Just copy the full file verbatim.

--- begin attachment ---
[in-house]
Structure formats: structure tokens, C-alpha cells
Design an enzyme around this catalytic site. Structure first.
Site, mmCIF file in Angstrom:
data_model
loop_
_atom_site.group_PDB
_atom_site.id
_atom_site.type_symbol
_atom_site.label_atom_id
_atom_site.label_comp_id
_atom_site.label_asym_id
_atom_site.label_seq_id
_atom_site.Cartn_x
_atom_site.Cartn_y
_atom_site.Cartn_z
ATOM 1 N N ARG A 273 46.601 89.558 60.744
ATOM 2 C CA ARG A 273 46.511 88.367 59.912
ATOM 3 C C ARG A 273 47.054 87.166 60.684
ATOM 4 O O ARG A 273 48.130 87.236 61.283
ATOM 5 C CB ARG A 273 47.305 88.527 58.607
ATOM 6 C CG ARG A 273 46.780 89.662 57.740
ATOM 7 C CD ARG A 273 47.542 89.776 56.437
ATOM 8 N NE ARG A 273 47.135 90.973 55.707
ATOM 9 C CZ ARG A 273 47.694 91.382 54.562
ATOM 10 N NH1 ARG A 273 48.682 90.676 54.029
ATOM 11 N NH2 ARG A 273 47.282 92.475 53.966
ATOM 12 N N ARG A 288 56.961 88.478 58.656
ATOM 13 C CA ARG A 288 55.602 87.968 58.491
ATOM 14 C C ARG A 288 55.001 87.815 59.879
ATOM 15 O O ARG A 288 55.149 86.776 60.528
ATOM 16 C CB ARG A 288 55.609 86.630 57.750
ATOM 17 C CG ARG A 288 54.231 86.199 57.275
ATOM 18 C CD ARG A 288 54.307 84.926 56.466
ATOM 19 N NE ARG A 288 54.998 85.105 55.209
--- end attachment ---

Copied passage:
[in-house]
Structure formats: structure tokens, C-alpha cells
Design an enzyme around this catalytic site. Structure first.
Site, mmCIF file in Angstrom:
data_model
loop_
_atom_site.group_PDB
_atom_site.id
_atom_site.type_symbol
_atom_site.label_atom_id
_atom_site.label_comp_id
_atom_site.label_asym_id
_atom_site.label_seq_id
_atom_site.Cartn_x
_atom_site.Cartn_y
_atom_site.Cartn_z
ATOM 1 N N ARG A 273 46.601 89.558 60.744
ATOM 2 C CA ARG A 273 46.511 88.367 59.912
ATOM 3 C C ARG A 273 47.054 87.166 60.684
ATOM 4 O O ARG A 273 48.130 87.236 61.283
ATOM 5 C CB ARG A 273 47.305 88.527 58.607
ATOM 6 C CG ARG A 273 46.780 89.662 57.740
ATOM 7 C CD ARG A 273 47.542 89.776 56.437
ATOM 8 N NE ARG A 273 47.135 90.973 55.707
ATOM 9 C CZ ARG A 273 47.694 91.382 54.562
ATOM 10 N NH1 ARG A 273 48.682 90.676 54.029
ATOM 11 N NH2 ARG A 273 47.282 92.475 53.966
ATOM 12 N N ARG A 288 56.961 88.478 58.656
ATOM 13 C CA ARG A 288 55.602 87.968 58.491
ATOM 14 C C ARG A 288 55.001 87.815 59.879
ATOM 15 O O ARG A 288 55.149 86.776 60.528
ATOM 16 C CB ARG A 288 55.609 86.630 57.750
ATOM 17 C CG ARG A 288 54.231 86.199 57.275
ATOM 18 C CD ARG A 288 54.307 84.926 56.466
ATOM 19 N NE ARG A 288 54.998 85.105 55.209